Rezo nodded and Oren felt a rush of relief. It wasn’t just that he dreaded making the call—any call for that matter—but with his luck they would tell him no, and he needed time to brace himself for that and the fallout that would ensue.
He hoped he hadn’t actually managed to ruin his mother’s party. The last thing he needed to do was upset her now, right before Norman talked to her about Rezo.
Oren closed his eyes and leaned his head against the headrest.
“It’ll be alright,” Rezo said.
“She’ll probably end up blaming you for what I did,” Oren said without opening his eyes. “She’ll think you’re a bad influence.”
Rezo didn’t ask who.
Oren felt a hand slide behind the back of his neck, and after a moment he took the fingers that rested on his shoulder into his own.
“Parents can make relationships hard,” Oren said, giving Rezo’s fingers a gentle squeeze.
“I’m not going anywhere.”
Oren opened his eyes to look at Rezo, but his gaze wasn’t returned. Rezo was studying the road with that same quiet determination he seemed to apply to everything he did.
Oren’s heart swelled as Rezo squeezed back.
The caterer’s van was parked in front of the house. The kitchen door was open and workers were loading supplies into the vehicle as if they were preparing to leave. They must have gotten into the house not long after the scheduled time.
At first Oren was flooded with relief. He wouldn’t have to make any awkward phone calls, or end up explaining to his mother why there would be no food or beverages at her party. The problem had been solved without him having to do anything at all.
But as Rezo parked the car—carefully so as avoid blocking anyone in—it occurred to Oren that if the caterers had been able to do their jobs, it meant that someone must have been available to let them in.
He didn’t know if the alarms had been handled remotely, or if someone was inside, waiting to scold him as soon as he stepped through the door. Oren was tempted to check for a car in the garage (there was even a space allotted for Norman), but he didn’t want to have to explain why he was doing that to Rezo, and so instead he found himself lagging behind Rezo as he made his way into the kitchen.
Inside Norman was talking to a dark-haired man in a catering uniform. Behind them, a tiny elderly woman was sitting at the counter. She wore oversized sunglasses, a long grey ponytail, and despite the heat, a baggy pink knit sweater.
Norman nodded in acknowledgment of Oren, but otherwise he kept his attention on the man he was speaking to. Oren was fine with that. There was a sort of reprieve in this moment before he found out just how much trouble he was in.
The woman was looking at him, but it was hard to make out her expression behind the sunglasses. If she was Norman’s aunt, then it was probably a mix of disappointment and frustration.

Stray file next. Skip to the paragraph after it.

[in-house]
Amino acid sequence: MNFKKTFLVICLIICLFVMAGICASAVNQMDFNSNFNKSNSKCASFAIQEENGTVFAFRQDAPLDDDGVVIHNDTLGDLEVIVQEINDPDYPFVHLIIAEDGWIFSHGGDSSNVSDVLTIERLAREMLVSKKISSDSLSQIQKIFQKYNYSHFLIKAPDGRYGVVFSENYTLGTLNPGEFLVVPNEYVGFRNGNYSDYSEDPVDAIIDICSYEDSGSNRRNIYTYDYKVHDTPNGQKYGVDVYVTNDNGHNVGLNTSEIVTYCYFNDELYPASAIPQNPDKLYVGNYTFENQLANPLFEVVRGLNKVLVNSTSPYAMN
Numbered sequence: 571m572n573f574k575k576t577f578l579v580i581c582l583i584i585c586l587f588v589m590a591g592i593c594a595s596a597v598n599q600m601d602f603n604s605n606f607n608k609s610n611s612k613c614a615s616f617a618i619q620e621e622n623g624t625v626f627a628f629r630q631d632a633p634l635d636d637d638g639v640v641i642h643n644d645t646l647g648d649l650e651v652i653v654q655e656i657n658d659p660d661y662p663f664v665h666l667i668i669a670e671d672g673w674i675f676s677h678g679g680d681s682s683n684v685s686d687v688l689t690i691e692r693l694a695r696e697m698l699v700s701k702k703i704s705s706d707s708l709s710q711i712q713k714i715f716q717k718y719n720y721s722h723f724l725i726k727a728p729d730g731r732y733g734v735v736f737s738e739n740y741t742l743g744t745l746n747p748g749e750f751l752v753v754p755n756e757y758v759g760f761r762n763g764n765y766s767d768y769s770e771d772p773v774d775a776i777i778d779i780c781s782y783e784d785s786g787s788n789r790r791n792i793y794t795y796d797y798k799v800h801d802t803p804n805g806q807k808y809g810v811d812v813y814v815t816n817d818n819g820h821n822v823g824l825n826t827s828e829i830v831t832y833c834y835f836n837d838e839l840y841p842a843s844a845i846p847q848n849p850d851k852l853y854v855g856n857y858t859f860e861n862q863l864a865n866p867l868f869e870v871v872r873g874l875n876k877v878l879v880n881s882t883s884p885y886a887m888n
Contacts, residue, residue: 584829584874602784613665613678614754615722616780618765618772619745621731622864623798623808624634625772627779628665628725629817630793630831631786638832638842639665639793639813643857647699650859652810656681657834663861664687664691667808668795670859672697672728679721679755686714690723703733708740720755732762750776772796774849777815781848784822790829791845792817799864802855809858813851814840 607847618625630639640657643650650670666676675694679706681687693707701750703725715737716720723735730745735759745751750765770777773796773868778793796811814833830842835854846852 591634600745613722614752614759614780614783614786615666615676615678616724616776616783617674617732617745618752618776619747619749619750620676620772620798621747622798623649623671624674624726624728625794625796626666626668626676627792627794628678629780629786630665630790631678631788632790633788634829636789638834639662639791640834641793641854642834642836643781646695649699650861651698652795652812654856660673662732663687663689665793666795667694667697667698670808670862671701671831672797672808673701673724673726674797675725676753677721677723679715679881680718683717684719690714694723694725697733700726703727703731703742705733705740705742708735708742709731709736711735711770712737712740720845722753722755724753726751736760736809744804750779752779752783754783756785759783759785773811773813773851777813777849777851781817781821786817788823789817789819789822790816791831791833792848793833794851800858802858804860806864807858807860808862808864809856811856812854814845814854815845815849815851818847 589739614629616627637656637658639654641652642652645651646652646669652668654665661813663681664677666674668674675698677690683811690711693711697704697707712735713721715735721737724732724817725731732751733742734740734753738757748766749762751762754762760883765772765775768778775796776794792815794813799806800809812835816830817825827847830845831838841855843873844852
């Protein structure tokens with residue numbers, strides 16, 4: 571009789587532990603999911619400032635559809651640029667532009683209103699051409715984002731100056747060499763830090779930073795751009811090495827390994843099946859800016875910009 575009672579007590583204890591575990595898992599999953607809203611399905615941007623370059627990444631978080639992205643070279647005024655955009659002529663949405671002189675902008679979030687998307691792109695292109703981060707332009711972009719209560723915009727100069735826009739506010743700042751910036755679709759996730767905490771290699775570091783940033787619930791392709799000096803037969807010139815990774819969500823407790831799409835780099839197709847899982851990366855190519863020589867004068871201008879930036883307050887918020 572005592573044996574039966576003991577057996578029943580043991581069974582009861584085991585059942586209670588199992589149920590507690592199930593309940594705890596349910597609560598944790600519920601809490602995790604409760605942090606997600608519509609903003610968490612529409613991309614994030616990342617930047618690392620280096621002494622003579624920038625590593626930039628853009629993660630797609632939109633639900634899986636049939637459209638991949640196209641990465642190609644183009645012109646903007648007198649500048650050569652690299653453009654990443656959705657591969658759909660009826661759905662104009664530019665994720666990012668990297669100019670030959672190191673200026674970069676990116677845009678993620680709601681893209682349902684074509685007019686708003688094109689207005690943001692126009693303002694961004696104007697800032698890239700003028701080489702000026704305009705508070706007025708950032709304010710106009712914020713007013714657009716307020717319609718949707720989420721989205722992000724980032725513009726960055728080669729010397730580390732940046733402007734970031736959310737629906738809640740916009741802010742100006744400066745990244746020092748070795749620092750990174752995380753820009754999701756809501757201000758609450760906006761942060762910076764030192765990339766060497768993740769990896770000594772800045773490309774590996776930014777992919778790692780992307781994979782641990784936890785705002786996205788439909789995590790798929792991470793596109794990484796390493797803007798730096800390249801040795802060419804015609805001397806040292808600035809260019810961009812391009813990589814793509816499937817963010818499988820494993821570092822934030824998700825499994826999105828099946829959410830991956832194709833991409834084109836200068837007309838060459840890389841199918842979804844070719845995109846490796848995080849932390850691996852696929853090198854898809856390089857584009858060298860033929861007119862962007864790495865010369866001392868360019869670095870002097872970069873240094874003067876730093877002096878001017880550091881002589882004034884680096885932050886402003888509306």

Although it was odd that she felt the need to wear sunglasses inside at all. He wondered if she had an eye condition. Or a hangover.
He smirked at the thought. It would be nice if someone—anyone—involved in the situation would turn out to be as imperfect as he was.
He felt a hand on his shoulder and looked over to see Rezo’s slight frown of warning.
Oren schooled his features into an expression not likely to make even more wrath descend upon him and gave Rezo a brief nod. It was strange having another person invested in the outcome of his situation. In a way it was comforting.
Oren watched as the caterer shook hands with Norman, and then thanked them all as he left. Oren was sad to see him go. Norman was less likely to murder him while there were witnesses.
“I see you’ve returned home, sir,” Norman said in what was quite possibly the flattest voice Oren had ever heard him use.
“I—yes.” Oren took a quick steadying breath. “About that—see I made arrangements to handle everything remotely.” Oren held up his phone even though it hadn’t helped before. “But, well...there were some issues with the settings.”
“Then it was fortunate that the caterers had my number on file.”
Oren hesitated, uncertain whether that was something he should agree with or not. It wasn’t lost on him that the cost had been Norman’s plans.
“Can we make it up to you?” Rezo offered, and while that certainly wasn’t something that would have occurred to Oren to do, it was nice to think that such a thing was possible.
Norman’s expression mellowed, fractionally, as he shifted his attention to Rezo. “That isn’t necessary.”
Oren’s guilt only increased at Norman’s refusal.
“I came to visit with Norman,” the woman said, and Oren was surprised to hear she had a thick southern accent, “and I got to do so here just as well as I would’ve anywhere else. Next time he can wear me out, taking me about and showing me the town.”
“How long are you staying?” Rezo asked.
“Name’s June.” She seized Rezo’s hand and shook it vigorously.
“I’m Rezo, Rezalino Diaz.”
“Figured.” She smiled. “I’ll be here just today and tomorrow, then I’m going to down to the beach to visit my daughter.”
“Maybe you could do something tomorrow—”
“I’ll be working the party tomorrow, Mr. Diaz,” Norman said.
“I could do it,” Oren said before he had time to think about the horror of what he was offering.
Norman looked at him blankly, and there was an appeal in that. There was still time to take it back.
“I could take your place,” Oren forced himself to clarify. “At the party.”
Surprise flickered across Norman’s face before it faded into a careful neutral. “Thank you for the offer, sir, but working such an event requires specific training.”
Oren did his best to hide his relief. And maybe this outcome was for the best. Norman would know he was willing to make up for what he’d done, but Oren wouldn’t actually have to work at a crowded function that would take all his willpower just to attend.
“I’ll help him,” Rezo said.